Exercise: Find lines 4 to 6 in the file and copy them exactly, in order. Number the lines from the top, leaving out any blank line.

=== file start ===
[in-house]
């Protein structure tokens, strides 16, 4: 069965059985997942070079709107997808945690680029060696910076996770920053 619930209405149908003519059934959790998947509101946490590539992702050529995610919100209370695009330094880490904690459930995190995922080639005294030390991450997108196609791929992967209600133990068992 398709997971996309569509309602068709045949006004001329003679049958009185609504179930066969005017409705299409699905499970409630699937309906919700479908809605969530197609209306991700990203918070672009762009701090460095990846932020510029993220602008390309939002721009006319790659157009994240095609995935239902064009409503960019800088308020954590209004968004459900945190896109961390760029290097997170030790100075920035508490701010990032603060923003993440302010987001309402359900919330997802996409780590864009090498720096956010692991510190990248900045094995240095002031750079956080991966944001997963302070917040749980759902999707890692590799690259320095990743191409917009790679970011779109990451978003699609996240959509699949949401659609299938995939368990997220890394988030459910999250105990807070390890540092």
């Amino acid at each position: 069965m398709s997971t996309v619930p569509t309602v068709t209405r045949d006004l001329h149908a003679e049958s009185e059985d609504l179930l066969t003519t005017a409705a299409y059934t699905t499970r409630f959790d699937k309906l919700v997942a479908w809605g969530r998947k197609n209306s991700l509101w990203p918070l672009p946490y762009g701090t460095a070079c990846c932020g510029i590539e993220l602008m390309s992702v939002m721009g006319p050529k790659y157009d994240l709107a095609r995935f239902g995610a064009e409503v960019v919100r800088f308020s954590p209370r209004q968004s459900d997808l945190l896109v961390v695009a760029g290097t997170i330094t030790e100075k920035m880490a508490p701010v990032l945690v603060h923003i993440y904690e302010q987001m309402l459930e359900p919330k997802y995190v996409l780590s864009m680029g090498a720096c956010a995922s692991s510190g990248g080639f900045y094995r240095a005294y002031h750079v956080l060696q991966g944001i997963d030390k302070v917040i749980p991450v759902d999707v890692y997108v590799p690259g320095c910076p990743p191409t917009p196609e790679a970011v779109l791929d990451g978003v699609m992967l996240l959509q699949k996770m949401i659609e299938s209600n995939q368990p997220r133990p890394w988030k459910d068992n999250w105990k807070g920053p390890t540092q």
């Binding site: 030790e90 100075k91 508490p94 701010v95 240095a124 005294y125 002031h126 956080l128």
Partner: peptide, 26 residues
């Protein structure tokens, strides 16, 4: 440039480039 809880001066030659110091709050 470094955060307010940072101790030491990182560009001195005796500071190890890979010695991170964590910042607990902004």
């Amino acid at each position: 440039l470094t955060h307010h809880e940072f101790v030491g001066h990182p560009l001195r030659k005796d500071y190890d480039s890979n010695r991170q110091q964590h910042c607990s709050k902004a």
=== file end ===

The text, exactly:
């Binding site: 030790e90 100075k91 508490p94 701010v95 240095a124 005294y125 002031h126 956080l128």
Partner: peptide, 26 residues
């Protein structure tokens, strides 16, 4: 440039480039 809880001066030659110091709050 470094955060307010940072101790030491990182560009001195005796500071190890890979010695991170964590910042607990902004």